AMERICA’S FORGOTTEN MIDDLE-SKILL JOBS : EDUCATION AND TRAINING REQUIREMENTS IN THE NEXT DECADE AND BEYOND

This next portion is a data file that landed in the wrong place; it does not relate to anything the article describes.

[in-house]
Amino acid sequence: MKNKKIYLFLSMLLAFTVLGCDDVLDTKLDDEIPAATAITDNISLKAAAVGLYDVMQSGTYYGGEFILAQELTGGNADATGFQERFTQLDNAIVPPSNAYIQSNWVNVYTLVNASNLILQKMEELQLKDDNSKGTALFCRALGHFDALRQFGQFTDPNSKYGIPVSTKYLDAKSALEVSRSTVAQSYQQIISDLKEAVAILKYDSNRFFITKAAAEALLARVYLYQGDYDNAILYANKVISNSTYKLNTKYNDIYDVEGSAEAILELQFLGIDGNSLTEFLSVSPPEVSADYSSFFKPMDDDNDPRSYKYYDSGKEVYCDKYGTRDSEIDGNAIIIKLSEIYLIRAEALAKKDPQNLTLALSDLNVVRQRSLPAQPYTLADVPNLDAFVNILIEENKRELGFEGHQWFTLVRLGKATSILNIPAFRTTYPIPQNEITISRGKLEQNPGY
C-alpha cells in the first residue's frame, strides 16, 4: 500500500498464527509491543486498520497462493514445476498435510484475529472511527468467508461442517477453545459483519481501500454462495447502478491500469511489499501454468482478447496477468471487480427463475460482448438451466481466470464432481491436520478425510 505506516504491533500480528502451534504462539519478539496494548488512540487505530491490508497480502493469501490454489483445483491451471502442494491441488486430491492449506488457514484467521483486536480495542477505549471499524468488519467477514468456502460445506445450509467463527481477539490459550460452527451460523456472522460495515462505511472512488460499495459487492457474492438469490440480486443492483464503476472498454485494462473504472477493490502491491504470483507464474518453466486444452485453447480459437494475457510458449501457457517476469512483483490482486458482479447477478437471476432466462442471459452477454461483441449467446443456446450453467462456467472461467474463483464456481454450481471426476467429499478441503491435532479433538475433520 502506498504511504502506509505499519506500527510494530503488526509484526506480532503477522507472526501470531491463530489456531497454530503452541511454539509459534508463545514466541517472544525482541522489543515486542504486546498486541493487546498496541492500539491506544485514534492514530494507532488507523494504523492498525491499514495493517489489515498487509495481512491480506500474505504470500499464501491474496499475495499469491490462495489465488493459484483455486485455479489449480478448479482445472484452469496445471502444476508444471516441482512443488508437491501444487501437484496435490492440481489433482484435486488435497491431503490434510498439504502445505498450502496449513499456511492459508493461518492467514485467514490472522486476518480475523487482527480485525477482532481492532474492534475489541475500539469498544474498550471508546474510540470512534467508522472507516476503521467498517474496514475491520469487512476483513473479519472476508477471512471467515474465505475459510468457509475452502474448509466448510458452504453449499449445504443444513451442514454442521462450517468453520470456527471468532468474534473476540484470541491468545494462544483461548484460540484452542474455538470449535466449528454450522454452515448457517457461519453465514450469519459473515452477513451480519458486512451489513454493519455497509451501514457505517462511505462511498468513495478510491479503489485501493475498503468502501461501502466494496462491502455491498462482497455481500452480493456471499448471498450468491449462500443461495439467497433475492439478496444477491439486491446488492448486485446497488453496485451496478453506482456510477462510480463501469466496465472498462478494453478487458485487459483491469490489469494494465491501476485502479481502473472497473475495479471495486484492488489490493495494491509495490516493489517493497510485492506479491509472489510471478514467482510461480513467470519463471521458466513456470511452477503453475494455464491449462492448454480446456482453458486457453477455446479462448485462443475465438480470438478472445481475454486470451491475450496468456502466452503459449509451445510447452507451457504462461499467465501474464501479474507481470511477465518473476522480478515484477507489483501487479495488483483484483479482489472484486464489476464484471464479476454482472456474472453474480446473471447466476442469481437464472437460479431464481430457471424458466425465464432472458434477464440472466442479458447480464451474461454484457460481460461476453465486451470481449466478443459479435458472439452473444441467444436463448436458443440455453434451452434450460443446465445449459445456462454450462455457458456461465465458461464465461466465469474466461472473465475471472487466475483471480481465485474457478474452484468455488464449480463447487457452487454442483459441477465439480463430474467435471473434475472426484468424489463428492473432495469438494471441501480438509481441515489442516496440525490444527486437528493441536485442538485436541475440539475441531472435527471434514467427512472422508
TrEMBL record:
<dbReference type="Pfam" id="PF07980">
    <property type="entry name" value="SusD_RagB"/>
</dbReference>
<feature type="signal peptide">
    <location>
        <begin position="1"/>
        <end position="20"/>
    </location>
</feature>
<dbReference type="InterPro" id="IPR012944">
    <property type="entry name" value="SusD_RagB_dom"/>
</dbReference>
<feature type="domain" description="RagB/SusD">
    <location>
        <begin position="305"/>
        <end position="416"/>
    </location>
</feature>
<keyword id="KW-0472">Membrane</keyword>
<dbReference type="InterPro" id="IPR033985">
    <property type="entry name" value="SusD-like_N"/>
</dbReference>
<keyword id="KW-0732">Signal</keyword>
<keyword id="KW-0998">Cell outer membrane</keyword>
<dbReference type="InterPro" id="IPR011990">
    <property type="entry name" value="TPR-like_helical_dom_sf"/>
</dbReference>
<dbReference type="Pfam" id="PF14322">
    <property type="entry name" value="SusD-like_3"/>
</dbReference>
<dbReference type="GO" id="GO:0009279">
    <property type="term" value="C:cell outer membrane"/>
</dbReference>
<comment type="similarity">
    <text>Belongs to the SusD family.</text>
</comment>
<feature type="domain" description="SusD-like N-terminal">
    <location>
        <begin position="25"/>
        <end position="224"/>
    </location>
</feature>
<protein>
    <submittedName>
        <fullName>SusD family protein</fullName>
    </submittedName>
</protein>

A strong public consensus now supports enhancing the skills of America’s workers, especially through more and higher-quality education and training. But what kinds of skills, education, and training are most appropriate, in light of changes in the U.S. economy? Is the “information economy” resulting in rising demands only for workers with college and post-graduate education? Various economists have argued that future demands for workers will be strong in highly-educated professional jobs and low-paid service jobs, while much more modest at skill levels in between these sectors. Does this mean that education and training for jobs requiring less than four years of college are no longer worthwhile public investments? of the economy. Accordingly, we see a need for increased U.S. investment in high-quality education and training in the middle of the skills range—not just for college graduates in science, technology, engineering, and math (STEM) fields. In this paper, we review evidence on how the demand for workers with different levels of education and training will evolve over the next decade and beyond. We analyze data from the Bureau of Labor Statistics (BLS) on recent and projected future demand for jobs in the middle of the labor market. We also consider projected trends in the supply of workers at different levels of education.